The magnetic field enhancement ratio at the mid-portion of the metamaterials along the axial direction is calculated and plotted as a function of distance from the metamaterial array in Fig. 4a. The magnetic field enhancement analysis is divided into three regions. Region A (shaded orange in Fig. 4a) is within the metamaterial and, although extremely high magnetic field enhancement is realized, this region is impractical for application to MRI imaging, as is considered herein. Region B (shaded yellow in Fig. 4a) extends from surface of the metamaterial to a distance where the direction of the magnetic field changes to the same direction as B1+ and the peak enhancement ratio outside the metamaterial is realized. Region C begins at and extends beyond the peak enhancement ratio distance and may be considered the optimal region for placement of a sample to be imaged in MRI (‘sample region’). The inset illustrates an extended analysis of the enhancement ratio of the sample region (Region C), indicating maximum magnetic field enhancement ratios of 5.84 and 6.01 for calculation and simulation results, respectively. Figure 4b depicts the simulated magnetic field distribution at the highlighted cross-section of the inset. The field enhancement ratio along the white dashed line is plotted in Fig. 4a, demonstrating a high degree of agreement with the theoretical results. In addition to the decay of the magnetic field enhancement, the direction of the magnetic field in the vicinity of the metamaterials also varies at different locations, as shown in the Supplementary Fig. 3. The magnetic field strength decay and direction variation lead to the gradient in the SNR enhancement.

Fig. 4
figure 4

Magnetic field enhancement ratio of the metamaterials. a Magnetic field enhancement ratio as a function of distance from the center of the metamaterial array (along the white dashed line in b) with simulation and calculation results in blue and red. Regions A, B, and C correspond to the regions within the metamaterial array, the region extending from the surface of the metamaterial to the peak enhancement ratio, and the ‘sample region’ beyond the peak enhancement, respectively. The inset illustrates an extended plot of Region C (‘sample region’). b The magnetic field strength along the axial direction distributed at the cross-section depicted as the blue rectangle in the inset. c The theoretical magnetic field enhancement ratio of metamaterials with unit cells with different diameters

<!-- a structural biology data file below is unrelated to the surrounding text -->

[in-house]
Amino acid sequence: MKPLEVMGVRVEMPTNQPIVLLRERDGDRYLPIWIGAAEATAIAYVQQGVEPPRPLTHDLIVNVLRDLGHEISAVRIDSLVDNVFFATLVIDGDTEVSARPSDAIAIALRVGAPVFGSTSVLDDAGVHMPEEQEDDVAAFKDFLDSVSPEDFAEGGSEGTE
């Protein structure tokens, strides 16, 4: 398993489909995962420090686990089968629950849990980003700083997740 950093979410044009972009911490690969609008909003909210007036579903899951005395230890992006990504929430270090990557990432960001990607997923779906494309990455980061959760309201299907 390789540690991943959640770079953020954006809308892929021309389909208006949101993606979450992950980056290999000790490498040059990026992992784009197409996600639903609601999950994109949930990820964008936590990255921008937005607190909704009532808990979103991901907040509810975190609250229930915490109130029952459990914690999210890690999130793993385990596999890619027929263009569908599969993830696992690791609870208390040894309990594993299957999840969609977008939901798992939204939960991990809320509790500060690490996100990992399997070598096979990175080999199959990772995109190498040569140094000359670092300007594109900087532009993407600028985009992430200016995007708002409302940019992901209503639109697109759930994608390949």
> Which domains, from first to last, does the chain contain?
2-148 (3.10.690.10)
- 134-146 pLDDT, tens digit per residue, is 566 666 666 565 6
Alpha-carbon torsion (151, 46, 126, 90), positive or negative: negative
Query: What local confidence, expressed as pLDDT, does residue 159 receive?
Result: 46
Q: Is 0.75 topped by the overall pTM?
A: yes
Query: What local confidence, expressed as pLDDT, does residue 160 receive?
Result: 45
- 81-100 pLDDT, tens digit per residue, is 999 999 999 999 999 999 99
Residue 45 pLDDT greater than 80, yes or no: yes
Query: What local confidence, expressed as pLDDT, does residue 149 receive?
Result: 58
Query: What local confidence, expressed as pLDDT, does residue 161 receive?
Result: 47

Finally, the magnetic field enhancement ratios of metamaterials composed of unit cells with different diameters were also theoretically modeled. As plotted in Fig. 4c, with the increase in the diameter, the peak enhancement ratio decreases accordingly and exhibits a relatively slower decay rate as a function of distance from the metamaterial array.

Noise analysis and SNR improvement

The expression for SNR in MRI, originally formulated by Hoult and Lauterbur34,35, is:

$${\mathrm{SNR}} \propto \frac{{\omega ^2B_{\mathrm{c}}}}{{\sqrt {r_{{\mathrm{coil}}} + r_{{\mathrm{sample}}}} }},$$

where Bc is the magnetic field strength generated with unit current in the receiving coil and rcoil is the resistance of the receiving coil. rsample is the equivalent resistance of the sample in the receiving coil, which can generate the same amount of heat with unit current as the heat generated by the induced current in the sample by the RF magnetic field36,37, as detailed in Supplementary Note 4. Through the application of the magnetic metamaterial, Bc may be enhanced due to the RF magnetic field enhancement detailed above, thereby increasing the signal. However, the introduction of the metamaterial also leads to an increase in the noise by increasing the total power dissipation, with a nearly 1.5-fold increase in the noise derived for our design (please see Supplementary Note 5 for further details).